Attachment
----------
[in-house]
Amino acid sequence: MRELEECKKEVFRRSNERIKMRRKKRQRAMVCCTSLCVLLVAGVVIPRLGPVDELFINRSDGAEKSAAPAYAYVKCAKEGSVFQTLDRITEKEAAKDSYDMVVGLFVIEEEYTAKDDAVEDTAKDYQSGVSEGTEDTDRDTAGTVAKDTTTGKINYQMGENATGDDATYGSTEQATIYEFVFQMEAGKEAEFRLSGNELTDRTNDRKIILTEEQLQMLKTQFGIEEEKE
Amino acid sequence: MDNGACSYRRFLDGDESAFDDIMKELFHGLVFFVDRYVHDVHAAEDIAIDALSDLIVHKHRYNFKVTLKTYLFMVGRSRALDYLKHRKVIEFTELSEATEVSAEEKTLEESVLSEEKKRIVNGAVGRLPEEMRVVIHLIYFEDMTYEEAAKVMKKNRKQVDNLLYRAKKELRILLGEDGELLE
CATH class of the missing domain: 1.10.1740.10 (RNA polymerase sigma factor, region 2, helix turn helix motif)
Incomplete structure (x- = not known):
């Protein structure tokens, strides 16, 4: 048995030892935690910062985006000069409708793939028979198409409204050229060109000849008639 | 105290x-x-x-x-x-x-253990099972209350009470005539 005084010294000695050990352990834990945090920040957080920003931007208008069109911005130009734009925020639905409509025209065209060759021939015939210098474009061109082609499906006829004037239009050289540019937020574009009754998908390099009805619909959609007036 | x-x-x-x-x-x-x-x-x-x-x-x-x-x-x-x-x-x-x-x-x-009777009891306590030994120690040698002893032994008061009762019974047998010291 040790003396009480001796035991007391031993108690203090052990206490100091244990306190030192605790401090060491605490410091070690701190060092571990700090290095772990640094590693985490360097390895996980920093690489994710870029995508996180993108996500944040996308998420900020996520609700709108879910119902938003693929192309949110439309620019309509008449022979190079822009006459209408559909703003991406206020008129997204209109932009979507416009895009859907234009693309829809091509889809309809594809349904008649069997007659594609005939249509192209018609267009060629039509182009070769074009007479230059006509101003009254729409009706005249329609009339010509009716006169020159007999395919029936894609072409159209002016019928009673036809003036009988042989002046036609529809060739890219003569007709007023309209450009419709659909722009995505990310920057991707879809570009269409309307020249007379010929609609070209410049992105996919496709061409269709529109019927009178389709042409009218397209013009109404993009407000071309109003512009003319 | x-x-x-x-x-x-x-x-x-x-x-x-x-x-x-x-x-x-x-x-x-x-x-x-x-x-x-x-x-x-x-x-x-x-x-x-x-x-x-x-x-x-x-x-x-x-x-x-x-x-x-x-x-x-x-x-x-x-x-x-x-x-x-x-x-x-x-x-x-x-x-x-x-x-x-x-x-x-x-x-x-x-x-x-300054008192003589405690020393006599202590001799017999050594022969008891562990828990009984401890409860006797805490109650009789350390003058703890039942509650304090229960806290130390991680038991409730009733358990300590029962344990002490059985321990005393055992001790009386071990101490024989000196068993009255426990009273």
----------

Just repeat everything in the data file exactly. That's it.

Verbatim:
[in-house]
Amino acid sequence: MRELEECKKEVFRRSNERIKMRRKKRQRAMVCCTSLCVLLVAGVVIPRLGPVDELFINRSDGAEKSAAPAYAYVKCAKEGSVFQTLDRITEKEAAKDSYDMVVGLFVIEEEYTAKDDAVEDTAKDYQSGVSEGTEDTDRDTAGTVAKDTTTGKINYQMGENATGDDATYGSTEQATIYEFVFQMEAGKEAEFRLSGNELTDRTNDRKIILTEEQLQMLKTQFGIEEEKE
Amino acid sequence: MDNGACSYRRFLDGDESAFDDIMKELFHGLVFFVDRYVHDVHAAEDIAIDALSDLIVHKHRYNFKVTLKTYLFMVGRSRALDYLKHRKVIEFTELSEATEVSAEEKTLEESVLSEEKKRIVNGAVGRLPEEMRVVIHLIYFEDMTYEEAAKVMKKNRKQVDNLLYRAKKELRILLGEDGELLE
CATH class of the missing domain: 1.10.1740.10 (RNA polymerase sigma factor, region 2, helix turn helix motif)
Incomplete structure (x- = not known):
């Protein structure tokens, strides 16, 4: 048995030892935690910062985006000069409708793939028979198409409204050229060109000849008639 | 105290x-x-x-x-x-x-253990099972209350009470005539 005084010294000695050990352990834990945090920040957080920003931007208008069109911005130009734009925020639905409509025209065209060759021939015939210098474009061109082609499906006829004037239009050289540019937020574009009754998908390099009805619909959609007036 | x-x-x-x-x-x-x-x-x-x-x-x-x-x-x-x-x-x-x-x-x-009777009891306590030994120690040698002893032994008061009762019974047998010291 040790003396009480001796035991007391031993108690203090052990206490100091244990306190030192605790401090060491605490410091070690701190060092571990700090290095772990640094590693985490360097390895996980920093690489994710870029995508996180993108996500944040996308998420900020996520609700709108879910119902938003693929192309949110439309620019309509008449022979190079822009006459209408559909703003991406206020008129997204209109932009979507416009895009859907234009693309829809091509889809309809594809349904008649069997007659594609005939249509192209018609267009060629039509182009070769074009007479230059006509101003009254729409009706005249329609009339010509009716006169020159007999395919029936894609072409159209002016019928009673036809003036009988042989002046036609529809060739890219003569007709007023309209450009419709659909722009995505990310920057991707879809570009269409309307020249007379010929609609070209410049992105996919496709061409269709529109019927009178389709042409009218397209013009109404993009407000071309109003512009003319 | x-x-x-x-x-x-x-x-x-x-x-x-x-x-x-x-x-x-x-x-x-x-x-x-x-x-x-x-x-x-x-x-x-x-x-x-x-x-x-x-x-x-x-x-x-x-x-x-x-x-x-x-x-x-x-x-x-x-x-x-x-x-x-x-x-x-x-x-x-x-x-x-x-x-x-x-x-x-x-x-x-x-x-x-300054008192003589405690020393006599202590001799017999050594022969008891562990828990009984401890409860006797805490109650009789350390003058703890039942509650304090229960806290130390991680038991409730009733358990300590029962344990002490059985321990005393055992001790009386071990101490024989000196068993009255426990009273």